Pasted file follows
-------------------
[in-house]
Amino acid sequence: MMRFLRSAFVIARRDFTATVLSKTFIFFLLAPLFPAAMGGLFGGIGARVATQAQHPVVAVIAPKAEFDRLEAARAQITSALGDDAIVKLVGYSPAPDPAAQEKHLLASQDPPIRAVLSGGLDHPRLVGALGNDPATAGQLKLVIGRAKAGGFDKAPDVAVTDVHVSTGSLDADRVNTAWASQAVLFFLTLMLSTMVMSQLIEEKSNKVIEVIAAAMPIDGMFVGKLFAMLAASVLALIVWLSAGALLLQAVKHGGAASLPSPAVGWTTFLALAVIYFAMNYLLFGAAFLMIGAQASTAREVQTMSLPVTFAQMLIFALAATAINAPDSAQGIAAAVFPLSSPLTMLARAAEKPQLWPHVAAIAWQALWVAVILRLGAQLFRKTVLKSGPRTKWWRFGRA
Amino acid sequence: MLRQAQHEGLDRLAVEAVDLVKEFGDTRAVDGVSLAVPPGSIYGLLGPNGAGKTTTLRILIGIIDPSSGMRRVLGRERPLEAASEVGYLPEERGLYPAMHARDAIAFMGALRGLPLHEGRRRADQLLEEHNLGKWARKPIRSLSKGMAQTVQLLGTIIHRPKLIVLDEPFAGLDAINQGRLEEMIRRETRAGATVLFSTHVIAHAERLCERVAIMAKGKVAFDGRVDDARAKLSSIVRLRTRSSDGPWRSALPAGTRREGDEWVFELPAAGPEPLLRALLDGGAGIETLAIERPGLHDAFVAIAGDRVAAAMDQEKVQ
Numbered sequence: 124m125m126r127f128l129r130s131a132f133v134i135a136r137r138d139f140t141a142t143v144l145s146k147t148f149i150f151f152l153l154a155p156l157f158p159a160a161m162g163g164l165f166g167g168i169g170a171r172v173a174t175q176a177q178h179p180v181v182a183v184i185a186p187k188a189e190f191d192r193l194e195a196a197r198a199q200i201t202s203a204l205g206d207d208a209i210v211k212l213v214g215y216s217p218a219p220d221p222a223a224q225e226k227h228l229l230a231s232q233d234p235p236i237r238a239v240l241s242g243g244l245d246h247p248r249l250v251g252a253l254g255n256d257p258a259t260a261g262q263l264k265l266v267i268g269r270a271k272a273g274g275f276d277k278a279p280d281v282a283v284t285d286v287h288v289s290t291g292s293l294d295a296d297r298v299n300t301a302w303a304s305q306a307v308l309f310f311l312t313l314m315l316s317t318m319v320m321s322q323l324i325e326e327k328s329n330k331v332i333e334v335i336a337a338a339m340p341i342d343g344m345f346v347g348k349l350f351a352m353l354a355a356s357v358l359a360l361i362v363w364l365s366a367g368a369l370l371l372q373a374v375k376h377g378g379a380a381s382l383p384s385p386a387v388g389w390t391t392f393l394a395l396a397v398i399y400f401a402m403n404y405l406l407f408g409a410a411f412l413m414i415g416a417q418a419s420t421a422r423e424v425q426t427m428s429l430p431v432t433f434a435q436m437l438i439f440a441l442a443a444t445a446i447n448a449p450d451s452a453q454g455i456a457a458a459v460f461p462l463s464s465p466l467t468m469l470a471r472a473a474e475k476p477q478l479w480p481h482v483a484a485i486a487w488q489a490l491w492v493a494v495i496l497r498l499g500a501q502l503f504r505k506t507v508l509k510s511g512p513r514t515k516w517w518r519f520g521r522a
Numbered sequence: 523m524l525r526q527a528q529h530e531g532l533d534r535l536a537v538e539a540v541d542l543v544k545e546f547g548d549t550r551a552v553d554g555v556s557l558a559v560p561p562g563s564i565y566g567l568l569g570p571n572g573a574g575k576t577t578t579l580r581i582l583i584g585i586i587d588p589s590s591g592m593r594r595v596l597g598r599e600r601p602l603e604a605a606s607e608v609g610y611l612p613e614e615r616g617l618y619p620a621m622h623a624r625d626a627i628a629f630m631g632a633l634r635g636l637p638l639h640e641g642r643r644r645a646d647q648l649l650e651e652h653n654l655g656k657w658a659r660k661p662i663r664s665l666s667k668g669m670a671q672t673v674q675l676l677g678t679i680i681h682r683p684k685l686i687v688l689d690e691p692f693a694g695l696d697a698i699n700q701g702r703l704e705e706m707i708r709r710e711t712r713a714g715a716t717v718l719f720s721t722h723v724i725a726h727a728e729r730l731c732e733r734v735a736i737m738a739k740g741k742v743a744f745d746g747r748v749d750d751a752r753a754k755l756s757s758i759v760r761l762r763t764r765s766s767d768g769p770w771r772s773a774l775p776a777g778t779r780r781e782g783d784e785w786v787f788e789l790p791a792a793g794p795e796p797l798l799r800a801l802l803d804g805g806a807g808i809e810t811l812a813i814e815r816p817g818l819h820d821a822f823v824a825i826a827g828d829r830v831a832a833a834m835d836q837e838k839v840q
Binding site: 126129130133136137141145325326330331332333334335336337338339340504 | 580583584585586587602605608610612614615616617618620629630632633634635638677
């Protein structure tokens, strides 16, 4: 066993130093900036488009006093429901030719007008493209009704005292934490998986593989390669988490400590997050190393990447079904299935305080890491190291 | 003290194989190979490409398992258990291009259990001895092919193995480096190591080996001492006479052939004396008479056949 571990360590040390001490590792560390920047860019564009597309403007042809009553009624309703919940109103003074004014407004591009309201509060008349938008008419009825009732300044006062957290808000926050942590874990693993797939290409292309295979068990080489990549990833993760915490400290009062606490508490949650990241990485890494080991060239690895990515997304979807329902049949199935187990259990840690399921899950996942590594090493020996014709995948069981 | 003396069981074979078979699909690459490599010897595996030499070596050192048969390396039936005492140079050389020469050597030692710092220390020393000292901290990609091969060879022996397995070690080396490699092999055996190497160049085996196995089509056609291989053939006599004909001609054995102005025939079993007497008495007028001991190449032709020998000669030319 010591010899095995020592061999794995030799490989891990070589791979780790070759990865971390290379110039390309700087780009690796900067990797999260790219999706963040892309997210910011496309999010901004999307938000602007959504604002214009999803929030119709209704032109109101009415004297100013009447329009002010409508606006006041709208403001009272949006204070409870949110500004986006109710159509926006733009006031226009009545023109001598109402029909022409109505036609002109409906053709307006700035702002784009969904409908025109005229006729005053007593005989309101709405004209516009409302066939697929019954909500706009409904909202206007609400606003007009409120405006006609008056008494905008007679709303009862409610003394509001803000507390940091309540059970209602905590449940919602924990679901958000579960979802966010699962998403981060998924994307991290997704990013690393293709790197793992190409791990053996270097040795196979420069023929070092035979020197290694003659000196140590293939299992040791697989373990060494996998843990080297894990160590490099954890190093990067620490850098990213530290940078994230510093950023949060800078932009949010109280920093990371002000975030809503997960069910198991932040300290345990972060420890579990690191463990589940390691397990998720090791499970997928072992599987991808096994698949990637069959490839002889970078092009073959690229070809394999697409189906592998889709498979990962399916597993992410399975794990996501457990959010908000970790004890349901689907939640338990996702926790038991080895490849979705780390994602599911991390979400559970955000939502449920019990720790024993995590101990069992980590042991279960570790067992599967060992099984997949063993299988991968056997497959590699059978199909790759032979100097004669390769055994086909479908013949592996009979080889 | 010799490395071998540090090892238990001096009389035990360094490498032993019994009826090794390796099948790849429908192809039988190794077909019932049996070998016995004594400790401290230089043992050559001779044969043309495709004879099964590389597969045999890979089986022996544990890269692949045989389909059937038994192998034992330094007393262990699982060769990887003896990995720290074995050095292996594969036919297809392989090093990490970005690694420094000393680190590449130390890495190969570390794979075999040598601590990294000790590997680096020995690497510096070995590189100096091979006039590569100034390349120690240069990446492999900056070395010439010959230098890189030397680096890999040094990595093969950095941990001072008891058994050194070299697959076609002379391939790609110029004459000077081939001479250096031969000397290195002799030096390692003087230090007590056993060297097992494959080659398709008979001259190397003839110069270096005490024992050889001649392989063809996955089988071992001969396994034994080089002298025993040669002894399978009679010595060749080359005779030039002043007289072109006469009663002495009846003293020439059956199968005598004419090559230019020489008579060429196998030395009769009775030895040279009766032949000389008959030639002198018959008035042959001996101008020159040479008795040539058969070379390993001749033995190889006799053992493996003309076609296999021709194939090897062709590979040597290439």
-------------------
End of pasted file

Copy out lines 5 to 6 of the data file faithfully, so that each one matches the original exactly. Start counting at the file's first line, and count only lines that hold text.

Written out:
Numbered sequence: 523m524l525r526q527a528q529h530e531g532l533d534r535l536a537v538e539a540v541d542l543v544k545e546f547g548d549t550r551a552v553d554g555v556s557l558a559v560p561p562g563s564i565y566g567l568l569g570p571n572g573a574g575k576t577t578t579l580r581i582l583i584g585i586i587d588p589s590s591g592m593r594r595v596l597g598r599e600r601p602l603e604a605a606s607e608v609g610y611l612p613e614e615r616g617l618y619p620a621m622h623a624r625d626a627i628a629f630m631g632a633l634r635g636l637p638l639h640e641g642r643r644r645a646d647q648l649l650e651e652h653n654l655g656k657w658a659r660k661p662i663r664s665l666s667k668g669m670a671q672t673v674q675l676l677g678t679i680i681h682r683p684k685l686i687v688l689d690e691p692f693a694g695l696d697a698i699n700q701g702r703l704e705e706m707i708r709r710e711t712r713a714g715a716t717v718l719f720s721t722h723v724i725a726h727a728e729r730l731c732e733r734v735a736i737m738a739k740g741k742v743a744f745d746g747r748v749d750d751a752r753a754k755l756s757s758i759v760r761l762r763t764r765s766s767d768g769p770w771r772s773a774l775p776a777g778t779r780r781e782g783d784e785w786v787f788e789l790p791a792a793g794p795e796p797l798l799r800a801l802l803d804g805g806a807g808i809e810t811l812a813i814e815r816p817g818l819h820d821a822f823v824a825i826a827g828d829r830v831a832a833a834m835d836q837e838k839v840q
Binding site: 126129130133136137141145325326330331332333334335336337338339340504 | 580583584585586587602605608610612614615616617618620629630632633634635638677